Using Filters in Apple Photos
7 Steps to Get Your Mac Ready to Sell or Pass on
7 Steps to Get Your Mac Ready to Sell or Pass on
I have often said that trading up your Mac can be the best way to stay on at least the trailing edge of technology. So much of your life and personal information are on your Mac that you want to make very sure that when you do sell it or pass it on to a family member or friend that you so not pass on your credit card numbers and little black book.
Apple makes it easy to get your Mac ready and here are 7 steps you should take:
- Make a Backup!
A friend's slogan for all his emails was "may you have 1000 backups and never need one" and so true. Too many times we have customers who have lost vital data that could have been avoided by simply having backups. There are many ways to backup. You can use a network attached drive such as Time Capsule, you can simply have a backup drive that you periodically backup to, you can use iCloud for much of your vital data or other on-line backup services. The bottom line is, even though you are completely comfortable with migrating. your data, BACK IT UP FIRST!
2) Sign out of iTunes (for Mohave or earlier)
If you're using macOS Mojave or earlier, open iTunes. From the menu bar at the top of the screen or iTunes window, choose Account > Authorizations > Deauthorize This Computer. Then enter your Apple ID and password and click Deauthorize.
3) Sign Out of iCloud
If you're using macOS Catalina or later, choose Apple menu > System Preferences, then click Apple ID. Select Overview in the sidebar, then click Sign Out.
If you're using macOS Mojave or earlier, choose Apple menu > System Preferences, click iCloud, then click Sign Out.
You will be asked whether to keep a copy of your iCloud data on this Mac. You can click Keep a Copy, because you're erasing your Mac later. Your iCloud data remains in iCloud and on any other devices that are signed in to iCloud with your Apple ID.
4) Sign Out of Messages
If you're using OS X Mountain Lion or later, open the Messages app, then choose Messages > Preferences from the menu bar. Click iMessage, then click Sign Out.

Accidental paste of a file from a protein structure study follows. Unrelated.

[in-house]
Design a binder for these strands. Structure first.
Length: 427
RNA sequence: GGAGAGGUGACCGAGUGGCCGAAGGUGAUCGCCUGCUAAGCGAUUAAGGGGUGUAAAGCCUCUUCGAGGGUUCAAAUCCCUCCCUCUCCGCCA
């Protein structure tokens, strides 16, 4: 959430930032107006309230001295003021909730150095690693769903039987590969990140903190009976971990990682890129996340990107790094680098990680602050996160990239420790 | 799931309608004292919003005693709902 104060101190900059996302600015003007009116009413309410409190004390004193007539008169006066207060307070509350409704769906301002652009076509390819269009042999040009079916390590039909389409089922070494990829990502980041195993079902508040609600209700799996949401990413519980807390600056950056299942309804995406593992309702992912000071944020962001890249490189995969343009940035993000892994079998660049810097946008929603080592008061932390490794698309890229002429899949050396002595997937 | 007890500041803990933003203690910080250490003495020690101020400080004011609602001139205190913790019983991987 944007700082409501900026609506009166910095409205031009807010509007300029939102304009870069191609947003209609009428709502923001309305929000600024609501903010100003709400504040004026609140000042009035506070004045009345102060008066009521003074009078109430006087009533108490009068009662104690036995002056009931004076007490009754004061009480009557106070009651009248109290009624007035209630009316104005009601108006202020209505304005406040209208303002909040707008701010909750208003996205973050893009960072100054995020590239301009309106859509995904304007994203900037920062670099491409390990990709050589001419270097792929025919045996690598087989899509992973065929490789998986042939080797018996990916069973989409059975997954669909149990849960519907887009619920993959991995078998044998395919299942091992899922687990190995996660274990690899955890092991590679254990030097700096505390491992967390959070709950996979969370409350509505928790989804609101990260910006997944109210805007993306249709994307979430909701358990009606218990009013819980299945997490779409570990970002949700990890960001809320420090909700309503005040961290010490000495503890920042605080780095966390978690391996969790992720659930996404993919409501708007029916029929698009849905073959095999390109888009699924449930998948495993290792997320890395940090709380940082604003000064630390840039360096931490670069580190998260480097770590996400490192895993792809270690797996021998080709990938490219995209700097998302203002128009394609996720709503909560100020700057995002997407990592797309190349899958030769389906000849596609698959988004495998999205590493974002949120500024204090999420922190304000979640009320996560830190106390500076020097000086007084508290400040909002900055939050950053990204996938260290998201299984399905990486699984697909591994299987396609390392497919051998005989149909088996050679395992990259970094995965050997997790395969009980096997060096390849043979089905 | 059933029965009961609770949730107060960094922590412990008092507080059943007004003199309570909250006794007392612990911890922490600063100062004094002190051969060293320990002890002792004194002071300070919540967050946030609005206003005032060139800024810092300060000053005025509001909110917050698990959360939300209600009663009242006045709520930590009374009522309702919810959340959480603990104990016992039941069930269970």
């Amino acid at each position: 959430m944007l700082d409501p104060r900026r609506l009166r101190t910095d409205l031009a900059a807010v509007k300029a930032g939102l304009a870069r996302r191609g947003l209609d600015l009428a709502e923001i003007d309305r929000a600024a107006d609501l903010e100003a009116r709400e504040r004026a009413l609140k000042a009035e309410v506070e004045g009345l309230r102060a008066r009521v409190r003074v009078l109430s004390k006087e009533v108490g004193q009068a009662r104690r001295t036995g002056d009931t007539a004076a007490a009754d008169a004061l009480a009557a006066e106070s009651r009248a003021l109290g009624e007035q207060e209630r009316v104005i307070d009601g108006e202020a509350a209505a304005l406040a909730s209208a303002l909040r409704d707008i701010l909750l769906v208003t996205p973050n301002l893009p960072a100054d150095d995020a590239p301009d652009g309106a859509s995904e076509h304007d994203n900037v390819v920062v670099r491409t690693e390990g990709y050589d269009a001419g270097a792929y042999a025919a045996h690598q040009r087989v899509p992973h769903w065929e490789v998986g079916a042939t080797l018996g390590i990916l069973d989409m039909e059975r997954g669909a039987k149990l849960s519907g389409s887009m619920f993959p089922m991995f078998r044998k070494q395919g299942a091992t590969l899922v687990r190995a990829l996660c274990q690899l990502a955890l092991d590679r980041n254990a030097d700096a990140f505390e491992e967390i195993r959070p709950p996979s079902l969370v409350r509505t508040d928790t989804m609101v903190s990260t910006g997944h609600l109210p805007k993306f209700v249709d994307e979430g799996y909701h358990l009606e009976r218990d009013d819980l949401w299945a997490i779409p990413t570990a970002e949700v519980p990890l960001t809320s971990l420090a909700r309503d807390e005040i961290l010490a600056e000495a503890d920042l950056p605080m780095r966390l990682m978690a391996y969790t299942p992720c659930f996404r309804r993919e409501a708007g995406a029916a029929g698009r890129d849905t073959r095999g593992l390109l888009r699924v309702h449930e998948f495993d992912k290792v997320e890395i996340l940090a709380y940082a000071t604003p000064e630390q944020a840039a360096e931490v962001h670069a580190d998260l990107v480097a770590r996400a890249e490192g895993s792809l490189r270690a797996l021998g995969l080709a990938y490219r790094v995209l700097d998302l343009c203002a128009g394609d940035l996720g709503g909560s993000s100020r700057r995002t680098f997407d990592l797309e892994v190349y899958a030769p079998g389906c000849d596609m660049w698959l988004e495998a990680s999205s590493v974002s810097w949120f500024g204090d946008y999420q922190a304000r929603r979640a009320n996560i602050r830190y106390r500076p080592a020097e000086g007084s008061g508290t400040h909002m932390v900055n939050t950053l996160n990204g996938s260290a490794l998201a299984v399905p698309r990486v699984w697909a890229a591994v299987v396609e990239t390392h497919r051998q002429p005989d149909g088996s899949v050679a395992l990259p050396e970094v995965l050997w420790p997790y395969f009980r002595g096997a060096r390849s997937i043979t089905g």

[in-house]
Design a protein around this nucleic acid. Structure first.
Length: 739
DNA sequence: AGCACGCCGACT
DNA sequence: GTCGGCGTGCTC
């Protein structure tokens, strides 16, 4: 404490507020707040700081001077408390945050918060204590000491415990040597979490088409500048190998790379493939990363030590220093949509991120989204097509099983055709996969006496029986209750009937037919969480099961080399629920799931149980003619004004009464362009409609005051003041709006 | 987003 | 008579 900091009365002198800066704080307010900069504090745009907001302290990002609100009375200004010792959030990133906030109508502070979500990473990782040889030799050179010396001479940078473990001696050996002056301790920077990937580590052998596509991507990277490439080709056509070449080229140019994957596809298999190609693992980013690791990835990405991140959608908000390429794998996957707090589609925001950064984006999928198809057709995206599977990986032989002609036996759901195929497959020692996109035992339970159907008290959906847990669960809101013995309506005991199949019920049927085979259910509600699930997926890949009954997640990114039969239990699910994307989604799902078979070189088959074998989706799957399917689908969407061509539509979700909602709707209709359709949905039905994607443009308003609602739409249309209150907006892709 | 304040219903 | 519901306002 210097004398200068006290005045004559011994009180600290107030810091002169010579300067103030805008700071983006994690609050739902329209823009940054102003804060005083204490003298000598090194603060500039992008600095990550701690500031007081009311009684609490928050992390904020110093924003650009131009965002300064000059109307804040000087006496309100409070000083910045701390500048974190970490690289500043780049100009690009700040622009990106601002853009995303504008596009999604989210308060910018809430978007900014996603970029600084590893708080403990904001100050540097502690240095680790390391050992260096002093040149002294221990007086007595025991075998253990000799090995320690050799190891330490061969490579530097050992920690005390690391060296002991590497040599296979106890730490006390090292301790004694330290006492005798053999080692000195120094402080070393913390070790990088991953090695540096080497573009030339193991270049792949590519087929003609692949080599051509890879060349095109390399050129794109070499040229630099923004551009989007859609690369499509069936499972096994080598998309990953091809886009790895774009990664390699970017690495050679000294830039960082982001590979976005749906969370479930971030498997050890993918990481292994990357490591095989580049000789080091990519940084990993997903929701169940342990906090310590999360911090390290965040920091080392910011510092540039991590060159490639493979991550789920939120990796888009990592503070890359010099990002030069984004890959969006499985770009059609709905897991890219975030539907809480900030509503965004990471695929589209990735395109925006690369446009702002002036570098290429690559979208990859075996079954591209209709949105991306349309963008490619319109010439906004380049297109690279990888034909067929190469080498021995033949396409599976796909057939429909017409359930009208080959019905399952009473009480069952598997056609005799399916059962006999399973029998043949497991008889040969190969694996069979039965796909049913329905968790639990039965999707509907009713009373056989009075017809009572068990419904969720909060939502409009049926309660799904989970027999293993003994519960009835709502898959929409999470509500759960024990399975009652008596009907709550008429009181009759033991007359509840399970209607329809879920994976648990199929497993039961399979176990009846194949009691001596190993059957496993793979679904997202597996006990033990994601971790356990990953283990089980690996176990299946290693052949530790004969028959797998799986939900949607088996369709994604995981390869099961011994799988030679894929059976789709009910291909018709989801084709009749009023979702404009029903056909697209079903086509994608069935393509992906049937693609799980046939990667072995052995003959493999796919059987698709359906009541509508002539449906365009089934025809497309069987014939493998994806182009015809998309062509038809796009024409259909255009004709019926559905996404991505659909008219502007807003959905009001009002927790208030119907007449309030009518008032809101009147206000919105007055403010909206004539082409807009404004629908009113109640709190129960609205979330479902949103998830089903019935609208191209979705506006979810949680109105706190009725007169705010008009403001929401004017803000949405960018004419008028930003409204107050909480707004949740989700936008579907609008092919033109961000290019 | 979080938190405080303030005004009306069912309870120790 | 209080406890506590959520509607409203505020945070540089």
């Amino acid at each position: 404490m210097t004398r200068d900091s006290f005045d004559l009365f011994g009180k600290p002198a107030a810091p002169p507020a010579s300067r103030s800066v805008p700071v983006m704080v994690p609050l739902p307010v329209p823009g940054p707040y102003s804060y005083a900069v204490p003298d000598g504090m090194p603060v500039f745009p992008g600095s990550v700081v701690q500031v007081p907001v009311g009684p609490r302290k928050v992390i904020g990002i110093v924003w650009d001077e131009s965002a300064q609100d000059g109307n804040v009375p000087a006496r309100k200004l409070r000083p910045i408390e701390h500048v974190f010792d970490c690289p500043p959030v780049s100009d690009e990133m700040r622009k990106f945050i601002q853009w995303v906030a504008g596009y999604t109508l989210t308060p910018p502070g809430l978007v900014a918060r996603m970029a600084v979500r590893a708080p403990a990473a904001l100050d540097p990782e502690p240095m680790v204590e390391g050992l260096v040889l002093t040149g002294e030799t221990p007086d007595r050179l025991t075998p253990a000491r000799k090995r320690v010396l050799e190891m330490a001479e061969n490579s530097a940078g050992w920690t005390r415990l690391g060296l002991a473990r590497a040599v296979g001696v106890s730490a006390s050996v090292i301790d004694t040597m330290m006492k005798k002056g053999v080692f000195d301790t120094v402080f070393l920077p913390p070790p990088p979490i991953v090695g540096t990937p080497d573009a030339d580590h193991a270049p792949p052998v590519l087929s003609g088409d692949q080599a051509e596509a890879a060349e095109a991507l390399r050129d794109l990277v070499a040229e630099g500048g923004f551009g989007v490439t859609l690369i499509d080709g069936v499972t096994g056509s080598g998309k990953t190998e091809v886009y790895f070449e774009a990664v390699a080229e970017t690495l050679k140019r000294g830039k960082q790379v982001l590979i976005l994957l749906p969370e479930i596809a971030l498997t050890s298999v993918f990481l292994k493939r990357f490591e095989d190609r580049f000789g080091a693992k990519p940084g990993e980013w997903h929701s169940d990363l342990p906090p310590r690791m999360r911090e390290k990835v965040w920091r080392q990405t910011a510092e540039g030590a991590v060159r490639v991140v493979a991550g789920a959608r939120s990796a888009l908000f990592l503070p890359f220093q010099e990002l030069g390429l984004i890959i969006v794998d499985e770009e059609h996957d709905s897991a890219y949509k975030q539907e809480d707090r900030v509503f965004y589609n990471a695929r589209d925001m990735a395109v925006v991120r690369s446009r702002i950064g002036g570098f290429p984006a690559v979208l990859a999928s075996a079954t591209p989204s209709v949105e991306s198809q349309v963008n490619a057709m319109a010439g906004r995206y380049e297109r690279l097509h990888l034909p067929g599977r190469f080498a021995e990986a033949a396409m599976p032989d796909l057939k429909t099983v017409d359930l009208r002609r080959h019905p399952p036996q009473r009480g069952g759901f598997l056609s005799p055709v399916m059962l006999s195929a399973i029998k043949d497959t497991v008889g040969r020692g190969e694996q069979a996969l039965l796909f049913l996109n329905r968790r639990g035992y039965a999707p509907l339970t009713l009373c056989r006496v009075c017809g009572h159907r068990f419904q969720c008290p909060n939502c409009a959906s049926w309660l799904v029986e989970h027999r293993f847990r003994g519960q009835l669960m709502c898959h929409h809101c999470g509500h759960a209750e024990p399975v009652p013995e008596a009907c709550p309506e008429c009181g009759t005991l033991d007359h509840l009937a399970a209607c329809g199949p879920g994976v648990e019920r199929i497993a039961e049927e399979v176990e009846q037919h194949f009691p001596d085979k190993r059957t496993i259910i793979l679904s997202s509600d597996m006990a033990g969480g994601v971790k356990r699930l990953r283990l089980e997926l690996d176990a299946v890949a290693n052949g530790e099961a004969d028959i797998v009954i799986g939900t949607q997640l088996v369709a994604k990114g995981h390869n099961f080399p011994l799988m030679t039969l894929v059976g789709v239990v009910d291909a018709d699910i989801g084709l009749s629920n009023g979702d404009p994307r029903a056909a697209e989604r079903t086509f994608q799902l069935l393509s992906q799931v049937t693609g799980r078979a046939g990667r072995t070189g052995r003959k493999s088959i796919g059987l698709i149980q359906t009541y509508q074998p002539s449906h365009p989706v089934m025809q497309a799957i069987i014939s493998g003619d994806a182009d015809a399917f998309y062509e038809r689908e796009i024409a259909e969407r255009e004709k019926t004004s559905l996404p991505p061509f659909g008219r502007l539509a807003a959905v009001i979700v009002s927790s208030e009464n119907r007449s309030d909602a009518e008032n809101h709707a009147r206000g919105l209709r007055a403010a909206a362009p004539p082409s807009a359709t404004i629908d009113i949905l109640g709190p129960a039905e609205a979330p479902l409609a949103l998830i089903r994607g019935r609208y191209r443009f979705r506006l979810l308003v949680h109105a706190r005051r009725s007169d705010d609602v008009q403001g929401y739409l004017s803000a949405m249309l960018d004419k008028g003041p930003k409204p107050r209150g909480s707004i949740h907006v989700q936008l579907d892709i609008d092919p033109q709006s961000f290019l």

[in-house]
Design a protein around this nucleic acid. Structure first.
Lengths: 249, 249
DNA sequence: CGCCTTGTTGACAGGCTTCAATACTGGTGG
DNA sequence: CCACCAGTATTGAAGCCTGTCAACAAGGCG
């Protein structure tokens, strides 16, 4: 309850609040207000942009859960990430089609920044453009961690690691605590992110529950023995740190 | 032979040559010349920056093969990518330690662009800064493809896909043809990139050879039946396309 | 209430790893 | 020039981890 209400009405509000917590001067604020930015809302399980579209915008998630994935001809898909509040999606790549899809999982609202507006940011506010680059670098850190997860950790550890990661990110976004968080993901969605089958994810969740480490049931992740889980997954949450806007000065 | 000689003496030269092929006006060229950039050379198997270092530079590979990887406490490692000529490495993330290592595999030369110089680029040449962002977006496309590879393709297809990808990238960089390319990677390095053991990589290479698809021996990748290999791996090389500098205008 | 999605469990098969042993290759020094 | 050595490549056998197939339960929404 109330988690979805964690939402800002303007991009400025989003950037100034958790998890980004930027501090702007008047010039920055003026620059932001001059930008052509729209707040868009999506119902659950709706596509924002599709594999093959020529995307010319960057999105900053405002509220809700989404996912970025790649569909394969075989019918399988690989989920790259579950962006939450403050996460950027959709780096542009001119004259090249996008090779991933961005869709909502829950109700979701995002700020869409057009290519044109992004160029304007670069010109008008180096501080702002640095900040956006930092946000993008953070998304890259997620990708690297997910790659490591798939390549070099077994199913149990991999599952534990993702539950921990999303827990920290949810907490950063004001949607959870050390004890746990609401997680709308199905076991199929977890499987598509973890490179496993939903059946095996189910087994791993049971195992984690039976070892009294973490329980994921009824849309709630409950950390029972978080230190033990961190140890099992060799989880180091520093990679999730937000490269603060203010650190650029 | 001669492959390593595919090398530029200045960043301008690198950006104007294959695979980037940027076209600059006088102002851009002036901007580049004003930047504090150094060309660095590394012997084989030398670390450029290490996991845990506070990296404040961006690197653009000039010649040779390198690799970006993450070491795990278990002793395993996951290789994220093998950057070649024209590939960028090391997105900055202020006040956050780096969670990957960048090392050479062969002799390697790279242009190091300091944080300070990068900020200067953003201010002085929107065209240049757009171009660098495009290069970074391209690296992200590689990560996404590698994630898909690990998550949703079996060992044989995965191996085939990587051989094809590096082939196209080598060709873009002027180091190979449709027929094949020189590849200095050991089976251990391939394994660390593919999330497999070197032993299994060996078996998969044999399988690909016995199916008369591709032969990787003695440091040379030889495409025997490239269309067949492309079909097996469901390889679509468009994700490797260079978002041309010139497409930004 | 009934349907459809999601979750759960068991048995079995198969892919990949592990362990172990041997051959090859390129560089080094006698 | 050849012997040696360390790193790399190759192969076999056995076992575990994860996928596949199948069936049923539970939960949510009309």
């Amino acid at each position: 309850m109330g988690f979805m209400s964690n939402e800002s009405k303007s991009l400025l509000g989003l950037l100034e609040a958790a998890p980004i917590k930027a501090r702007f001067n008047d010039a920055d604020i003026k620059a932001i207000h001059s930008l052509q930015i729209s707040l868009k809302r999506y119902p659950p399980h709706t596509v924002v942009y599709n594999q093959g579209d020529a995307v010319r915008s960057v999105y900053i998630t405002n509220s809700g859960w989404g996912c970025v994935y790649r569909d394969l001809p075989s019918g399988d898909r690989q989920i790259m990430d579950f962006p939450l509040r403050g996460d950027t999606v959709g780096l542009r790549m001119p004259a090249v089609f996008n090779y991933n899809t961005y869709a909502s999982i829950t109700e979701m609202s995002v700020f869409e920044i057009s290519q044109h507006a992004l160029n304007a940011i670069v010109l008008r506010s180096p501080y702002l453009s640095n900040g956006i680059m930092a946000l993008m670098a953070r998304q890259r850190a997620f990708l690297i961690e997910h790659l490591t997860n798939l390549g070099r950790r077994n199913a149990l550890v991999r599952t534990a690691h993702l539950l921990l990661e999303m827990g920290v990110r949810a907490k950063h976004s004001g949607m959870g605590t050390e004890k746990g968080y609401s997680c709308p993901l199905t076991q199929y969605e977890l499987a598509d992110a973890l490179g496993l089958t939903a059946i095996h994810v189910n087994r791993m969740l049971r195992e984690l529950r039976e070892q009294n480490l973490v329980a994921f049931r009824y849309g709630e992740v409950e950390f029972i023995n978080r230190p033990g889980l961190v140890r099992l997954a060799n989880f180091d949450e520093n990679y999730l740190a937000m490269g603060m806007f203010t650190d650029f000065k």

5) Reset the NVRAM
Okay this one takes some manual dexterity. Shut down your Mac, then turn it on and immediately press and hold these four keys together: Option, Command, P, and R. Release the keys after about 20 seconds. This clears user settings from memory and restores certain security features that might have been altered.
6) Unpair Bluetooth devices that you’re keeping
This is especially true if you are handing off your Mac to a child or someone in your household. If your Mac is paired with a Bluetooth keyboard, mouse, trackpad, or other Bluetooth device that you plan to keep, you can unpair it. This prevents accidental input when the Mac and device have separate owners but remain in Bluetooth range of each other.
To unpair a Bluetooth device, choose Apple menu > System Preferences, then click Bluetooth. Move your pointer over the device that you want to unpair, then click the remove (x) button next to the device name.
7) Erase your hard drive and reinstall macOS
You DID remember step one, right? Make a backup!
The best way to restore your Mac to factory settings is to erase your hard drive and reinstall macOS. To do this use Disk Utility.
- Start up from macOS Recovery: Turn on your Mac, then immediately press and hold these two keys until you see an Apple logo or other image: Command (⌘) and R.
- If asked, select a user you know the password for, then enter their administrator password.
- From the utilities window, select Disk Utility and click Continue.
- Select Macintosh HD in the sidebar of Disk Utility.
- Click the Erase button in the toolbar, then enter the requested details:
- Name: Macintosh HD
- Format: APFS or Mac OS Extended (Journaled), as recommended by Disk Utility
- Click Erase Volume Group. If you don't see this button, click Erase instead.
- If asked, enter your Apple ID.
- After the erase is done, select any other internal volumes in the sidebar, then click the delete volume (–) button in the toolbar to delete that volume.
Disregard any internal volume named Macintosh HD or Macintosh HD - Data, as well as any volumes in the External and Disk Images sections of the sidebar.
- Quit Disk Utility to return to the utilities window.
- If you want to start up again from the disk you erased, select Reinstall macOS in the utilities window, then click Continue and follow the onscreen instructions to reinstall macOS.
- After macOS installation is complete, the Mac restarts to a setup assistant that asks you to choose a country or region. To leave the Mac in an out-of-box state, don't continue setup. Instead, press Command-Q to shut down the Mac. When the new owner turns on the Mac, the setup assistant guides them through the setup process.
Now that you have your old Mac ready to sell, surf on over to Small Dog Electronics.